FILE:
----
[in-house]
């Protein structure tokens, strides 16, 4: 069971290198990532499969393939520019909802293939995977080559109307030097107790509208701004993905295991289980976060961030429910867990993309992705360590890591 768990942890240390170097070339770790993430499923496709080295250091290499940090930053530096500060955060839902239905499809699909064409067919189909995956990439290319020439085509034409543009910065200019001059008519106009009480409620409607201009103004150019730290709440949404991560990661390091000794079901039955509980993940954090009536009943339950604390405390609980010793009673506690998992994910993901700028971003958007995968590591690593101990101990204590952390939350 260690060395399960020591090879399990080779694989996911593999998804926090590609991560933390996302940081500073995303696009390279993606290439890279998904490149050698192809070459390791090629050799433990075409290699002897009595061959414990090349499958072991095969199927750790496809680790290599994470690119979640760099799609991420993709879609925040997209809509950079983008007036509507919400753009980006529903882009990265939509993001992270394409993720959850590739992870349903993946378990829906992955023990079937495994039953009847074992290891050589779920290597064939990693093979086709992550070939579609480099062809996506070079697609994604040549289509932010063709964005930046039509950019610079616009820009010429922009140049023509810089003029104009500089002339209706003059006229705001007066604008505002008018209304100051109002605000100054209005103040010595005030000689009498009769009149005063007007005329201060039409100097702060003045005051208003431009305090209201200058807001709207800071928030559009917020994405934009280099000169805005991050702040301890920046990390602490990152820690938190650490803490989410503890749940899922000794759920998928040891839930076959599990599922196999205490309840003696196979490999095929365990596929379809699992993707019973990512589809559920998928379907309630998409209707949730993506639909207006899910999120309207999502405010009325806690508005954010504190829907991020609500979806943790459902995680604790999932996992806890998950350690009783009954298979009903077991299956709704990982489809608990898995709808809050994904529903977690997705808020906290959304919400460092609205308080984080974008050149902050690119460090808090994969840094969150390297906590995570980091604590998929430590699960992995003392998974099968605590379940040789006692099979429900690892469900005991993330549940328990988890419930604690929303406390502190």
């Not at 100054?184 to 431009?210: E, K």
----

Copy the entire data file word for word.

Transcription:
[in-house]
């Protein structure tokens, strides 16, 4: 069971290198990532499969393939520019909802293939995977080559109307030097107790509208701004993905295991289980976060961030429910867990993309992705360590890591 768990942890240390170097070339770790993430499923496709080295250091290499940090930053530096500060955060839902239905499809699909064409067919189909995956990439290319020439085509034409543009910065200019001059008519106009009480409620409607201009103004150019730290709440949404991560990661390091000794079901039955509980993940954090009536009943339950604390405390609980010793009673506690998992994910993901700028971003958007995968590591690593101990101990204590952390939350 260690060395399960020591090879399990080779694989996911593999998804926090590609991560933390996302940081500073995303696009390279993606290439890279998904490149050698192809070459390791090629050799433990075409290699002897009595061959414990090349499958072991095969199927750790496809680790290599994470690119979640760099799609991420993709879609925040997209809509950079983008007036509507919400753009980006529903882009990265939509993001992270394409993720959850590739992870349903993946378990829906992955023990079937495994039953009847074992290891050589779920290597064939990693093979086709992550070939579609480099062809996506070079697609994604040549289509932010063709964005930046039509950019610079616009820009010429922009140049023509810089003029104009500089002339209706003059006229705001007066604008505002008018209304100051109002605000100054209005103040010595005030000689009498009769009149005063007007005329201060039409100097702060003045005051208003431009305090209201200058807001709207800071928030559009917020994405934009280099000169805005991050702040301890920046990390602490990152820690938190650490803490989410503890749940899922000794759920998928040891839930076959599990599922196999205490309840003696196979490999095929365990596929379809699992993707019973990512589809559920998928379907309630998409209707949730993506639909207006899910999120309207999502405010009325806690508005954010504190829907991020609500979806943790459902995680604790999932996992806890998950350690009783009954298979009903077991299956709704990982489809608990898995709808809050994904529903977690997705808020906290959304919400460092609205308080984080974008050149902050690119460090808090994969840094969150390297906590995570980091604590998929430590699960992995003392998974099968605590379940040789006692099979429900690892469900005991993330549940328990988890419930604690929303406390502190």
């Not at 100054?184 to 431009?210: E, K």